This document will describe some of the more advanced functionality that this module offers but which is not part of the “official” interface. Here, some of the features that will be implemented in the future will also be covered, along with unanswered questions about proper functionality. Also, common problems will be discussed, along with some solutions.

Here issues with numerically integrating code, choice of \(dynamicsymbols\) for coordinate and speed representation, printing, differentiating, and substitution will occur.

See Future Features: Code Output

The Kane object is set up with the assumption that the generalized speeds are not the same symbol as the time derivatives of the generalized coordinates. This isn’t to say that they can’t be the same, just that they have to have a different symbol. If you did this:

```
>> KM.coords([q1, q2, q3])
>> KM.speeds([q1d, q2d, q3d])
```

Your code would not work. Currently, kinematic differential equations are required to be provided. It is at this point that we hope the user will discover they should not attempt the behavior shown in the code above.

This behavior might not be true for other methods of forming the equations of motion though.

The default printing options are to use sorting for `Vector` and `Dyad`
measure numbers, and have unsorted output from the `mprint`, `mpprint`, and
`mlatex` functions. If you are printing something large, please use one of
those functions, as the sorting can increase printing time from seconds to
minutes.

Differentiation of very large expressions can take some time in SymPy; it is possible for large expressions to take minutes for the derivative to be evaluated. This will most commonly come up in linearization.

Substitution into large expressions can be slow, and take a few minutes.

Currently, the `Kane` object’s `linearize` method doesn’t support cases
where there are non-coordinate, non-speed dynamic symbols outside of the
“dynamic equations”. It also does not support cases where time derivatives of
these types of dynamic symbols show up. This means if you have kinematic
differential equations which have a non-coordinate, non-speed dynamic symbol,
it will not work. It also means if you have defined a system parameter (say a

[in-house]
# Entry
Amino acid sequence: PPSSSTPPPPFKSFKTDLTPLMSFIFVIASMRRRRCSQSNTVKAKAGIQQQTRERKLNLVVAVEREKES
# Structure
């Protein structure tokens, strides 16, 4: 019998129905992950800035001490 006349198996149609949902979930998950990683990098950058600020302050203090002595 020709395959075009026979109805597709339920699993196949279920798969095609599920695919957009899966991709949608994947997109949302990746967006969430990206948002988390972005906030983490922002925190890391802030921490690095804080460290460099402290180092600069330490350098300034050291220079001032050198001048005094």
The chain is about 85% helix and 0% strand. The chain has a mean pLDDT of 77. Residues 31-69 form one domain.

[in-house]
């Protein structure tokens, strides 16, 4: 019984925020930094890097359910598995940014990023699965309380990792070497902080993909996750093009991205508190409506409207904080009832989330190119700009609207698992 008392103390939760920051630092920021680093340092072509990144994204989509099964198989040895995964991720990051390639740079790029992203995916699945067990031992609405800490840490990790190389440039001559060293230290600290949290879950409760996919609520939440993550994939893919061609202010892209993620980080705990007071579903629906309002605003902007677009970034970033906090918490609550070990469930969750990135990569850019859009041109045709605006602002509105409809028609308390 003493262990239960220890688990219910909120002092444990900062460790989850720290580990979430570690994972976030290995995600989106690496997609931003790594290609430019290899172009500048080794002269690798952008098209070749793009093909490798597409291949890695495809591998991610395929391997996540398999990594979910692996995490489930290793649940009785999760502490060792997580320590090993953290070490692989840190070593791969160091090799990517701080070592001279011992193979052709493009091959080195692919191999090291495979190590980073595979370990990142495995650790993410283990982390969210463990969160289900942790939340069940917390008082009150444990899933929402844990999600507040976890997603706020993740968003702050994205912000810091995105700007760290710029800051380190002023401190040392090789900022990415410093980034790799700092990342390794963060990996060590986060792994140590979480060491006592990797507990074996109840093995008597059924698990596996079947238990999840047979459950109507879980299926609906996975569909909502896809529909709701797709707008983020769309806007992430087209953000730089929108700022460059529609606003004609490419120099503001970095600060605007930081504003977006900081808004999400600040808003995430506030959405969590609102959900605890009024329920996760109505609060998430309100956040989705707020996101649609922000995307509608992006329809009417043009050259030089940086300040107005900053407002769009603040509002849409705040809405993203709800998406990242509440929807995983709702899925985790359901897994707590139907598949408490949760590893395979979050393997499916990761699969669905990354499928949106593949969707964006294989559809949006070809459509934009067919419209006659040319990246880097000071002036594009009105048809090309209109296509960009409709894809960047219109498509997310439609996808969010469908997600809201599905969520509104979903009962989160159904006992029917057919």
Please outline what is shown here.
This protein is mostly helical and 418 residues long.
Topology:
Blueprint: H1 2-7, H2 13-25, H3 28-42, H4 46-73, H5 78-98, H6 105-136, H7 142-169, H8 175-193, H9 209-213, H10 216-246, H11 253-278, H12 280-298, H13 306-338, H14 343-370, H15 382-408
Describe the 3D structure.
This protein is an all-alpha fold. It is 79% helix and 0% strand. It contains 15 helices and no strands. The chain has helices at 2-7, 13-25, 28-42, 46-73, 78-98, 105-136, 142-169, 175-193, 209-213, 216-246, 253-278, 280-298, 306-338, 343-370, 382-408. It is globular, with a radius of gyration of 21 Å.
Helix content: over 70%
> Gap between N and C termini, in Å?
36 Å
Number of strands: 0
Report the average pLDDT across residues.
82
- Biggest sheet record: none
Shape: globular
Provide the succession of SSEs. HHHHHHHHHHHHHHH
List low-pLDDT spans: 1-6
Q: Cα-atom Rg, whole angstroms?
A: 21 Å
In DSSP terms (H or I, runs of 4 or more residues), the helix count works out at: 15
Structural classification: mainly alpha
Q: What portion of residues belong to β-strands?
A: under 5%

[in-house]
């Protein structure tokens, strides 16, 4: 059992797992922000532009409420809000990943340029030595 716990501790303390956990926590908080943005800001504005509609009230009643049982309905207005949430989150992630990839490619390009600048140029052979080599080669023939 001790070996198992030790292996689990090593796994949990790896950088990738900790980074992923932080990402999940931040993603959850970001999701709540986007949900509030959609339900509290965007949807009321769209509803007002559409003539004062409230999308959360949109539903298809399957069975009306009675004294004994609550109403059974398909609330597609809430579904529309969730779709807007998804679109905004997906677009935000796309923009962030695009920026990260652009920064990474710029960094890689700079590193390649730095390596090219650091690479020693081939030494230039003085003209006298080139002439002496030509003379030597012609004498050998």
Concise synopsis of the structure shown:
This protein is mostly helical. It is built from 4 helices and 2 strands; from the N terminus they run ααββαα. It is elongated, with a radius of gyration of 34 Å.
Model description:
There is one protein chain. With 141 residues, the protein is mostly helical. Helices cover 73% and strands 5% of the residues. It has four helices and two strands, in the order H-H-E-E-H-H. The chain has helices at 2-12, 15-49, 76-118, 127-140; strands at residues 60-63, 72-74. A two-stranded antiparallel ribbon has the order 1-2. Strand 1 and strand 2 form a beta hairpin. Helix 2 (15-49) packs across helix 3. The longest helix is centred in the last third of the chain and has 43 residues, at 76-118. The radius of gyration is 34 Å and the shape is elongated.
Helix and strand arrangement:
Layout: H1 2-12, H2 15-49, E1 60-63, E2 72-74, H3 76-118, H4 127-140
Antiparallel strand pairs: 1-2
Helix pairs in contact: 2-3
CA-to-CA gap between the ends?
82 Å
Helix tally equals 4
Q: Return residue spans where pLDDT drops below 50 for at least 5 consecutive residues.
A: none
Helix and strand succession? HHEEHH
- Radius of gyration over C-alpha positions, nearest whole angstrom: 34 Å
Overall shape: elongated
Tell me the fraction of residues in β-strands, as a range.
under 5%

length or distance or mass) as a dynamic symbol, its time derivative is likely
to show up in the dynamic equations, and this will prevent linearization.

At a minimum, points need to have their velocities defined, as the acceleration can be calculated by taking the time derivative of the velocity in the same frame. If the 1 point or 2 point theorems were used to compute the velocity, the time derivative of the velocity expression will most likely be more complex than if you were to use the acceleration level 1 point and 2 point theorems. Using the acceleration level methods can result in shorted expressions at this point, which will result in shorter expressions later (such as when forming Kane’s equations).

Here we will cover advanced options in: `ReferenceFrame`, `dynamicsymbols`,
and some associated functionality.

`ReferenceFrame` is shown as having a `.name` attribute and `.x`, `.y`,
and `.z` attributes for accessing the basis vectors, as well as a fairly
rigidly defined print output. If you wish to have a different set of indices
defined, there is an option for this. This will also require a different
interface for accessing the basis vectors.

```
>>> from sympy.physics.mechanics import ReferenceFrame, mprint, mpprint, mlatex
>>> N = ReferenceFrame('N', indices=['i', 'j', 'k'])
>>> N['i']
N['i']
>>> N.x
N['i']
>>> mlatex(N.x)
'\\mathbf{\\hat{n}_{i}}'
```

Also, the latex output can have custom strings; rather than just indices though, the entirety of each basis vector can be specified. The custom latex strings can occur without custom indices, and also overwrites the latex string that would be used if there were custom indices.